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Twitter investors have been less than impressed in the past year, sending the microblogging site's stock down 40 percent, even after a rally to kick off 2015.
Yet, when compared to the other top U.S. Internet companies, Twitter is still being priced for #awesomeness.
Of the six biggest U.S. consumer Web companies by stock market capitalization (Google, Facebook, Amazon.com, Yahoo, LinkedIn and Twitter), Twitter is the only one that doesn't make money. And still investors value the company at 20 times revenue, compared with a price-to-sales ratio of 16 for Facebook, the second-most richly priced of the group. The others trade for between two and 14 times sales.
Read MoreFacebook flat after Street beat
Twitter Chief Executive Officer Dick Costolo has a lot on his shoulders heading into the San Francisco-based company's fourth-quarter earnings report Thursday afternoon. Analysts on average predict sales growth of 87 percent from a year earlier to $453.1 million, according to a Thomson Reuters survey. The company is expected to report that its loss narrowed to 24 cents a share from $1.41.
None of the other Internet companies even approach Twitter's sales growth rate, with Facebook the closest at 49 percent in the latest quarter.
Because investors are betting that Twitter will outpace rivals for many years to come, Costolo has not only to show that revenue is growing faster than at other companies, but that a healthy number of users will continue to join the service. As an advertising business, Twitter needs more eyeballs for marketers to reach and needs people staying on the service for longer periods of time.
"While revenue and profitability are important, we believe the focus remains on user growth (arguably the most important metric for the business) and engagement," wrote Shyam Patil, an analyst at Wedbush Securities, in a Feb. 2 report. Patil has a "neutral" rating on the stock and a $40 target price, slightly above Tuesday's closing price of $39.79.
The company also launched several new services in the lead up to Thursday's report, most recently a deal with Google that means tweets will now show up in search results.
A Twitter spokesperson declined to comment for this story, citing the quiet period ahead of earnings.
In the third quarter, Twitter's monthly active user growth slowed to 23 percent on a year-over-year basis to 284 million, following growth of 24 percent in the second quarter and 25 percent in the first. Patil predicts that trend will continue, with the number of users increasing 19 percent in the fourth quarter to 287 million from 241 million a year earlier.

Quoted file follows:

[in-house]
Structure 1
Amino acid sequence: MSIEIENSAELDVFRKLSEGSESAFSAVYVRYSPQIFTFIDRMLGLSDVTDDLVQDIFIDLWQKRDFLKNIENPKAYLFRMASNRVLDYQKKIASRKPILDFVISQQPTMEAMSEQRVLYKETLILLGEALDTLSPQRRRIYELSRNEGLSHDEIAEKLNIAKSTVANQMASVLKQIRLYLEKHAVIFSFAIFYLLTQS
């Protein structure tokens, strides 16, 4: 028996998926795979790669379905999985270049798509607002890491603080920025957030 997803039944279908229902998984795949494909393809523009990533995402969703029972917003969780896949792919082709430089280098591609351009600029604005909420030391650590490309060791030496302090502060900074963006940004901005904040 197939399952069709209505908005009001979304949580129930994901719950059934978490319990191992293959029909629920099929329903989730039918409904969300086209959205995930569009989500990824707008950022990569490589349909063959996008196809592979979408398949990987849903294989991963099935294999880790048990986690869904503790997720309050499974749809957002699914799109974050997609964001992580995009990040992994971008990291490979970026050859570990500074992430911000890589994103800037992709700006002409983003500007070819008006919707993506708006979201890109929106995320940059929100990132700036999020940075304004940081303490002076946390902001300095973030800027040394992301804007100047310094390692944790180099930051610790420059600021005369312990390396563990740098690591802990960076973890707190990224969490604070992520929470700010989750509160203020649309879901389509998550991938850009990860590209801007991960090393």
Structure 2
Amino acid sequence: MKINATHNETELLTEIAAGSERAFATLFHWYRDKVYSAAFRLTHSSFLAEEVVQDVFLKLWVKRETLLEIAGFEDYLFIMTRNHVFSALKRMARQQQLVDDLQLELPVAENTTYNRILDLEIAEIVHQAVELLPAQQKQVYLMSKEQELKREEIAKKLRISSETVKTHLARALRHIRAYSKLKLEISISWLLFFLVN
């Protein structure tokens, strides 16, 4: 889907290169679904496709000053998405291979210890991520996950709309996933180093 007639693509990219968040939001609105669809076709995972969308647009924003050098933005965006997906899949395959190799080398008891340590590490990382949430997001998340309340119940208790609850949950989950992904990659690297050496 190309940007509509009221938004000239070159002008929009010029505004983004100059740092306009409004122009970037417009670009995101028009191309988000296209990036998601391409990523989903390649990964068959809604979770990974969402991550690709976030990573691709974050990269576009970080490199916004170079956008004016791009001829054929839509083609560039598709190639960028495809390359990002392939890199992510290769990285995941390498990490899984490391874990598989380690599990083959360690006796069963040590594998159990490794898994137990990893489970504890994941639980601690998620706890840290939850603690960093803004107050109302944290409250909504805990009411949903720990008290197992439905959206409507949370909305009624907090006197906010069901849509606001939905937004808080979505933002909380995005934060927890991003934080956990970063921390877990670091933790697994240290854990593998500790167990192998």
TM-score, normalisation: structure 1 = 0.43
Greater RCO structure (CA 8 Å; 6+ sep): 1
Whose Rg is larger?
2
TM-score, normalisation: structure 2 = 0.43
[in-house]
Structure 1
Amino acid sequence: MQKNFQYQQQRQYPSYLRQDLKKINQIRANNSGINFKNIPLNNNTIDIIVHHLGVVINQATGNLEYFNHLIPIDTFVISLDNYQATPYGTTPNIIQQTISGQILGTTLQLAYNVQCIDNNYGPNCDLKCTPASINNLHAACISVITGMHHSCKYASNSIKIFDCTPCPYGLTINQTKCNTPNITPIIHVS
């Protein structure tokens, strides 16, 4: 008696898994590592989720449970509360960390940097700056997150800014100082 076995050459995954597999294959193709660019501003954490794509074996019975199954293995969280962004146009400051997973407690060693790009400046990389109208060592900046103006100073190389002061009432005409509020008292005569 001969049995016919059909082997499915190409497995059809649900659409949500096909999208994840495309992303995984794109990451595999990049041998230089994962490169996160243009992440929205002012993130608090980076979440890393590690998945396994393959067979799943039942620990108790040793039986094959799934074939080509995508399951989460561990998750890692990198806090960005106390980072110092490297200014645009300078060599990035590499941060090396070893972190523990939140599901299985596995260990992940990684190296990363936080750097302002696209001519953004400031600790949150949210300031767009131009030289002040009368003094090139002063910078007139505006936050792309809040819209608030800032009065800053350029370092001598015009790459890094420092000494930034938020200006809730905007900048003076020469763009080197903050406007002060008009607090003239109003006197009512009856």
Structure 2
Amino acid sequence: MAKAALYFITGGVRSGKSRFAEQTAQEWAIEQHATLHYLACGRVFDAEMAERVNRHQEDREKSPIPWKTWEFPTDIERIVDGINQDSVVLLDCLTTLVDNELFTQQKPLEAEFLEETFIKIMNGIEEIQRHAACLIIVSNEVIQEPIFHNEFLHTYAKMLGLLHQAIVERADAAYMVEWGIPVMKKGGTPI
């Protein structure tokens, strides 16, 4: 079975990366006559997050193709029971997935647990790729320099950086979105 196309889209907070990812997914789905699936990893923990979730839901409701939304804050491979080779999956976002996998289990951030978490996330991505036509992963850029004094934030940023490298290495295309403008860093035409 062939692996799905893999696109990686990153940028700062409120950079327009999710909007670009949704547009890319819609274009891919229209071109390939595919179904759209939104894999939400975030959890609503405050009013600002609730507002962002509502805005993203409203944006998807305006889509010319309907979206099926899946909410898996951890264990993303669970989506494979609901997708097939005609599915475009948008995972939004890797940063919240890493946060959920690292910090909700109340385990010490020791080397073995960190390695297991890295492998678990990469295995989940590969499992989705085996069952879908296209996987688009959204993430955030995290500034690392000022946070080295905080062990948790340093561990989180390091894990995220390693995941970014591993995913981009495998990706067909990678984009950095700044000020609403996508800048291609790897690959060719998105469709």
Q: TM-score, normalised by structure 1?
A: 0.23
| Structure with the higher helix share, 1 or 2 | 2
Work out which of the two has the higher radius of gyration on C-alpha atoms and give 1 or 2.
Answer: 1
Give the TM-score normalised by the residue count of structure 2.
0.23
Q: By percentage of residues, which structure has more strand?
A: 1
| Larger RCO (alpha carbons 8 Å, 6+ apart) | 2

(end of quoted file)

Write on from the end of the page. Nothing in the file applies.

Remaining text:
That makes squeezing more money out of each user critical. But it's not easy in a market where Facebook and Google, along with services like Pandora, Yelp and Pinterest, are battling for consumer attention and ad dollars. According to a report last month from eMarketer, Twitter's share of the U.S. mobile ad market will rise to 3.8 percent in 2016 (total pie: $40.2 billion) from 3.6 percent last year (total pie: $19 billion).
Twitter has one distinct advantage over the competition: the hashtag. Any major sporting event, political scandal or entertainment story drives people to converse on their devices, and the most vibrant conversations frequently take place on Twitter.
For example, during the live broadcast of Sunday's Super Bowl between the New England Patriots and Seattle Seahawks, more than 28.4 million global tweets were sent that were related to the game and halftime show, up from 24.9 million last year.
Trying to turn more of that engagement into ad dollars is where Twitter is dedicating a ton of resources. Twitter spends about half its revenue on research and development, compared with 29 percent for Facebook and 16 percent for Google.
Fewer than half of analysts covering Twitter recommend buying the shares. Pivotal Research analyst Brian Wieser is in the minority, and he's bullish enough to place a $50 price target on the shares. Efforts to make money from users not logged into the service as well as from Twitter feeds on other media sites will soon start to pay off, Wieser wrote in a Jan. 14 report.
"We think there is increasing reason for positivity around the company's ability to monetize its platform," he wrote.